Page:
Small Stories of 

Micronations

What is a micronation?

The dictionary defines Micronations as: "a small area or political entity that claims national sovereignty but is not recognised as a sovereign state". 

That definition can be applied to several different kinds of states such as un-recognised nations that are much larger than a small micronation (click here for Un-recognised & Defunct nations - coming soon) however at its basic core a micronation is in reality "micro" which means in most cases they are tiny. 

Below are a few such places (more places added regularly as I make different deep dives). 

If you can't wait for more places to be added I recommend checking out the Lonely Planet book called "Micronations". 

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Akhizivland

Can you just declare yourself an independent nation?

The answer is, well yes you can, but that doesn’t mean that others will recognise your sovereignty. For this reason, over the years many individuals have declared their homes or properties as independent countries. While most capitulate almost straight away others manage to issue postage stamps and currency or establish themselves as a tourist curiosity. These places generally fall under the term “micronation”.

One such place is Akhzivland located in El Avivi, Israel on the Mediterranean Coast. In 1971 the micronation was declared by local resident Eli Avivi after authorities attempted to bulldoze the house, he was living in and assume the site into the neighbouring National Park. In response he was arrested and charged with creating a country without permission. Funnily enough there isn’t actually a rule about doing that, so he had to be released. He then returned to his country where he set up a hostel and home.

The site of the “country” is itself interesting with several village ruins nearby and archaeologists dating use of the site as a major hub back to the Iron Age. Over the years it has been in the hands of Egyptians, Macedonians and Assyrians to name a few. A fishing village called Achziv (Az-Zeeb) was located on the site but during the 1948 Arab Israeli War the local residents fled leaving it abandoned.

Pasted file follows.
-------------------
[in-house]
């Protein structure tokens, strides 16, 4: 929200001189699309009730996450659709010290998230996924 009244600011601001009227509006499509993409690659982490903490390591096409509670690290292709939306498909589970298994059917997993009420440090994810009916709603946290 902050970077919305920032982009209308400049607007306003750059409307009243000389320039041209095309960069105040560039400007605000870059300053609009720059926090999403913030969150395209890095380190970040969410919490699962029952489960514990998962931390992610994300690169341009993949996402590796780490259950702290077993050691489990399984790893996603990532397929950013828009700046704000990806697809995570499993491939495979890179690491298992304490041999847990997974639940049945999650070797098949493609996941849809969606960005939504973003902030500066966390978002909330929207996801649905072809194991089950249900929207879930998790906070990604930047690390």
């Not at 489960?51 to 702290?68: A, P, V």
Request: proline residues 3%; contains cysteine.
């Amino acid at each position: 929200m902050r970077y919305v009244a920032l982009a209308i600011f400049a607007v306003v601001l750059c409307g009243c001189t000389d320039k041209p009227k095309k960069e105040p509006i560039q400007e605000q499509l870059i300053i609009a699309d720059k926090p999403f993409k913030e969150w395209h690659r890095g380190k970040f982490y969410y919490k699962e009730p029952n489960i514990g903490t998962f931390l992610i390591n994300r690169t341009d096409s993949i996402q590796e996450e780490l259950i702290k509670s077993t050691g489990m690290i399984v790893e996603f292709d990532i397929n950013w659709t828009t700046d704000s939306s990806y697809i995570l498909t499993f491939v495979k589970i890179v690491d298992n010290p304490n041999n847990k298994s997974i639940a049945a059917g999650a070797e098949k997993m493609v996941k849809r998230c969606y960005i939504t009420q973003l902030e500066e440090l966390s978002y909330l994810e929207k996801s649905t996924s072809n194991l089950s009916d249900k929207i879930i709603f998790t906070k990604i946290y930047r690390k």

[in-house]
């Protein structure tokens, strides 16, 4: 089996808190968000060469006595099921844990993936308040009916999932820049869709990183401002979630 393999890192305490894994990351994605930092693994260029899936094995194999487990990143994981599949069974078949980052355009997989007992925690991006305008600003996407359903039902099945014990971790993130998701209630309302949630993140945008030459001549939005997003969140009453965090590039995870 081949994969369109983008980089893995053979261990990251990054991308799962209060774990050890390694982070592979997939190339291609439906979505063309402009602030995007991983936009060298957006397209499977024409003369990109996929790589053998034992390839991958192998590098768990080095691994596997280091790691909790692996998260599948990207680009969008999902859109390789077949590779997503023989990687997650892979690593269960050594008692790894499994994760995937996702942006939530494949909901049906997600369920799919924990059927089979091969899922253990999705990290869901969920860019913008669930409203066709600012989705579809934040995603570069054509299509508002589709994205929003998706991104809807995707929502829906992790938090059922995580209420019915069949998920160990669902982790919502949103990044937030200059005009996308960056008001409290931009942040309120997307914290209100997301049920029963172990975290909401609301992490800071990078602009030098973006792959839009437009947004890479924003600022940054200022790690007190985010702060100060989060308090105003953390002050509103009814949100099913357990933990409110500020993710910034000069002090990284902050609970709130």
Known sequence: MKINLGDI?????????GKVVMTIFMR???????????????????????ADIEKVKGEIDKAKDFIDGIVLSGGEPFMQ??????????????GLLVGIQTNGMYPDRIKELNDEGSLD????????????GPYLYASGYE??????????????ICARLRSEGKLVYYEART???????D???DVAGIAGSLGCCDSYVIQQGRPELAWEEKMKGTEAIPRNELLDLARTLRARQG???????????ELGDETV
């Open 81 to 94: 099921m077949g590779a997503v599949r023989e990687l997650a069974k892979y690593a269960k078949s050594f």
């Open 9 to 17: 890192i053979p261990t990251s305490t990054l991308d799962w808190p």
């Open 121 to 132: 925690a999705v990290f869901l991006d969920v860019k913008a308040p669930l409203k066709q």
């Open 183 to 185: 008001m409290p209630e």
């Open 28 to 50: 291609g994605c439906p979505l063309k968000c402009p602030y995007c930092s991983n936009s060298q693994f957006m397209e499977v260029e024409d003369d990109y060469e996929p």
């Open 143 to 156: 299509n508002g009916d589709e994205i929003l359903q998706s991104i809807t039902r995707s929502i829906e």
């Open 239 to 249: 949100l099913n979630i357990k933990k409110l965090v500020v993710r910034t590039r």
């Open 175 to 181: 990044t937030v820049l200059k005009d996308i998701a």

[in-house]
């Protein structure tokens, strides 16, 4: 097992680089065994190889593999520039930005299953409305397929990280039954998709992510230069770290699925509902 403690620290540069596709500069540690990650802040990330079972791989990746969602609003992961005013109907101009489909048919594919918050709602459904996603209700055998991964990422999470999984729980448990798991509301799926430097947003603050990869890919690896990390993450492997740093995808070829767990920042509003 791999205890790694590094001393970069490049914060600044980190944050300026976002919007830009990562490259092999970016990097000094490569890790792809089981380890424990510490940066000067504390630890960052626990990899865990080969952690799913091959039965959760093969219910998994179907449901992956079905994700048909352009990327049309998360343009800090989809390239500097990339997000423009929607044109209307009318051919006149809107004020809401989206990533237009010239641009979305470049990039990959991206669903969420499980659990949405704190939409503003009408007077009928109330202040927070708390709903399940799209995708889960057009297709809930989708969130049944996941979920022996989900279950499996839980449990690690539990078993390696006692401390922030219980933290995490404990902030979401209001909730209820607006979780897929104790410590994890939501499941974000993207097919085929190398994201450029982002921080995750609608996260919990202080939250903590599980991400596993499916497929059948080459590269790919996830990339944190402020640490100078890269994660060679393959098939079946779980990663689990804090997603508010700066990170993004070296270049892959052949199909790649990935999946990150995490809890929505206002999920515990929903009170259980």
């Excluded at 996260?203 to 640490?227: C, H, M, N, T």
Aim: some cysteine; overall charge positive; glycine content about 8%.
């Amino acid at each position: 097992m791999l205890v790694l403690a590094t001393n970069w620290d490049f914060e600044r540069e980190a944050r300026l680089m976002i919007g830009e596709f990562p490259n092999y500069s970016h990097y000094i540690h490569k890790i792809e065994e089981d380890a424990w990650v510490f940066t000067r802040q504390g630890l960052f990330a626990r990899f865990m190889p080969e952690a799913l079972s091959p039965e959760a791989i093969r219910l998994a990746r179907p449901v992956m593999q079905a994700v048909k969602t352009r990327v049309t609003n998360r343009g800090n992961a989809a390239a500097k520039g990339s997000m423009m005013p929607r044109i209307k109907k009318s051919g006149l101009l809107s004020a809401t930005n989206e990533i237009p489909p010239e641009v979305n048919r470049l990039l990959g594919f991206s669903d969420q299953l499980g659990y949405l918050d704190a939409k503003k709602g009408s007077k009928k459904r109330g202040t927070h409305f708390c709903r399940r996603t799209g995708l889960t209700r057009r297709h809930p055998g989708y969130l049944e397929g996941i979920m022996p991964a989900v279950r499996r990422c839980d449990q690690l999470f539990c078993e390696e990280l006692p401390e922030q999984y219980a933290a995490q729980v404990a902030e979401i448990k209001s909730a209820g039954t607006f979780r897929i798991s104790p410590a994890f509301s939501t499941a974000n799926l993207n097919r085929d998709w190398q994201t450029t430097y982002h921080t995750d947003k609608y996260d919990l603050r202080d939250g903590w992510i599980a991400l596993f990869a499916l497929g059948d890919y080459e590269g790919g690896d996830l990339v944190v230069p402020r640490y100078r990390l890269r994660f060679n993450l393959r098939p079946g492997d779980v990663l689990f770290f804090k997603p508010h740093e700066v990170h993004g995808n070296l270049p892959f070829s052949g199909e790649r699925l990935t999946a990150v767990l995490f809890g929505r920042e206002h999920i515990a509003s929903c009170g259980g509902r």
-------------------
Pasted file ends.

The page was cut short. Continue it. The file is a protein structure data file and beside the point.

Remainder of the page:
Akhzivland founder Avivi was born in Iran and was a sailor. He worked as a fisherman in a nearby village before moving into one of the houses (today the Museum).

Over the years of his Presidency of Akhizivland he established a national flag, issued passports and created a national anthem. He sued the Israeli Government for invading his country and in response they issued a 99-year lease to him of the site but did not acknowledge that he had created his own nation.

In 2018 Avivi died aged 88 but Akhizvland continues today as a tourist site with a beach house for accommodation alongside the Museum. Israel actively promotes the site as a tourist destination.

Image: National Flag of Akhizvland

Minerva

50 years ago, 19 June 1972, Tonga “forces” arrive on the tiny artificial island reef of Minerva, raising the Tongan flag and claiming it in the name of Tonga.

 

Three months later this claim was recognised by the South Pacific Forum.

 

Minerva was a micronation whose founder, millionaire Michael Oliver envisaged as a libertarian society.

 

Though the reef had been known since the earliest days of exploration in the region it was in the early 70s that land was transported to the reef to create an artificial island for settlement.

 

Almost as soon as the independent nation was declared Tonga claimed it fell within its jurisdiction.

 

When Tongans arrived the micronation crumbled as those there didn’t really know what to do.

Image: The artificial "land"

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